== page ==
Flanked by leaders of racist groups, a northern Idaho white supremacist said young neo-Nazi skinheads will carry out his dreams of establishing a "whites only" homeland.

Richard Butler, founder of the Church of Jesus Christ Christian, Aryan Nations, warned Thursday that the supremacists' long-awaited race war will not be won without violence.Butler is hosting a three-day conference of skinheads and white supremacist youth groups from the United States and Canada at his 20-acre compound about 10 miles north of Coeur d'Alene.

Butler said the neo-Nazi skinheads represent the "rejuvenation" of the movement, describing them as the "shock troops" of the white supremacist "theo-political revolution."

Dozens of former Aryan Nations followers are serving federal prison sentences for crimes ranging from murder to armored car robberies and bombings.

Butler, 71, and eight other white supremacists were acquitted by a federal grand jury last year in Fort Smith, Ark., on charges of conspiracy to overthrow the U.S. government.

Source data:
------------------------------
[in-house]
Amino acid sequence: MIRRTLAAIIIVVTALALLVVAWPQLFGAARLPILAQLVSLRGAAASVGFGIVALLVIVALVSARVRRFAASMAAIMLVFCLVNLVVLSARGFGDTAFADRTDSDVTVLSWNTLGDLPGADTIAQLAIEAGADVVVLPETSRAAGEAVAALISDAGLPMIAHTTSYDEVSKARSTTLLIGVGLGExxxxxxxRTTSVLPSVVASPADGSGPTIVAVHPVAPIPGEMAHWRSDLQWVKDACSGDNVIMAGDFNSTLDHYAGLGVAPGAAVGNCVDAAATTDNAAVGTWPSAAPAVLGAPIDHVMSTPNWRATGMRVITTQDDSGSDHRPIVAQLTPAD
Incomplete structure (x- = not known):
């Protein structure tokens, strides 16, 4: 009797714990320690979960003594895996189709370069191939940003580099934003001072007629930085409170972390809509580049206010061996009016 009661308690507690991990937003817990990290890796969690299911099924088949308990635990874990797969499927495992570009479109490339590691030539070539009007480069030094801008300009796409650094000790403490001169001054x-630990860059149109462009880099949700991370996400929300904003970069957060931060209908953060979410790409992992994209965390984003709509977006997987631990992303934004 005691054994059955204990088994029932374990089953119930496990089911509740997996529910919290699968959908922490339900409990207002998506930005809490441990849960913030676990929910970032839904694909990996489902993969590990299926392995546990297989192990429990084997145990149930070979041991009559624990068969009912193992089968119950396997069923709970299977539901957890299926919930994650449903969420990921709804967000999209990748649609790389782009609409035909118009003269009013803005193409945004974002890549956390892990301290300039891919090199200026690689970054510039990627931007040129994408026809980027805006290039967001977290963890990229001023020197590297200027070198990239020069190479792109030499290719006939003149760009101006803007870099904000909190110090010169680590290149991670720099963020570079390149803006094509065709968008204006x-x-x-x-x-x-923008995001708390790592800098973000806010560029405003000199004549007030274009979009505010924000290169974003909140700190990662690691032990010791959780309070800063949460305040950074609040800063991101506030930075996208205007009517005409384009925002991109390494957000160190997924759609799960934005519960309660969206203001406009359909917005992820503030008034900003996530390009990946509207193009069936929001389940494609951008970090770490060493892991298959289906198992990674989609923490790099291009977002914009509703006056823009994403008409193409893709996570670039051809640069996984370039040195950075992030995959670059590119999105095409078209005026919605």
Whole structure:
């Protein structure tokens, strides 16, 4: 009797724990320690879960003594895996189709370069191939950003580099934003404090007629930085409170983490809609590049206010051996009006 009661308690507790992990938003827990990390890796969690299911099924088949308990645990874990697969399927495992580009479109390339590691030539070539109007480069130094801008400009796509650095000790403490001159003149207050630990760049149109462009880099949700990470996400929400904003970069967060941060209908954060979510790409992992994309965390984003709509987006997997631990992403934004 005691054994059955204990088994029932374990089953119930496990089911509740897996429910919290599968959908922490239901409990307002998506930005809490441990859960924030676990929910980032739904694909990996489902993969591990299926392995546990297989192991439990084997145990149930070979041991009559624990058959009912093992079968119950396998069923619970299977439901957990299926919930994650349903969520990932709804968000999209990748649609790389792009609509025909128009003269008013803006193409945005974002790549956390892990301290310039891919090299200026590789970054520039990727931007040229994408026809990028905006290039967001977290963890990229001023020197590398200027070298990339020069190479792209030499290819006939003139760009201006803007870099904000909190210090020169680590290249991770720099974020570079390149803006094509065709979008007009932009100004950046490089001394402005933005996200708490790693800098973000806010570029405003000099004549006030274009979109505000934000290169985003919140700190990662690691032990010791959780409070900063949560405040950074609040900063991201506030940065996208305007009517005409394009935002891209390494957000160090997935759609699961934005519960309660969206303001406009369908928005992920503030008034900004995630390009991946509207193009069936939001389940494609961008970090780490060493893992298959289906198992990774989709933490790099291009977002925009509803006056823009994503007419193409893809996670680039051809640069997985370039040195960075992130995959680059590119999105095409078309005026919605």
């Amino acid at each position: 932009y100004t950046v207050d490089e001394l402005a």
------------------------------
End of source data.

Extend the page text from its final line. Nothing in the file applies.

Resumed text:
The conference will feature speeches and workshops to teach youth leaders "how to stay out of trouble," Butler said, adding, "They're no good to us in jail."

The carefully controlled news conference was called on the 100th anniversary of the birth of Nazi leader Adolph Hitler.

It was also the Jewish Passover holiday, and the Aryan leaders repeated the standard white supremacist claim that the Holocaust was a fabrication and Hitler shouldn't be blamed for the slaughter of millions of European Jews during World War II.

Butler has said as many as 100 people will attend the conference, but only a dozen or so skinheads, wearing black leather flight jackets and Army-style fatigues, were visible.

Butler claimed street violence will stem from pressures of "18 million aliens coming into this part of the country. The (indigenous) people have a right to fight back," he said. "Conflicts come when you bring aliens to your land."

Meanwhile, organizers planning a march against racism on Saturday said as many as several thousand people could show up for the "Walk for Racial Equality."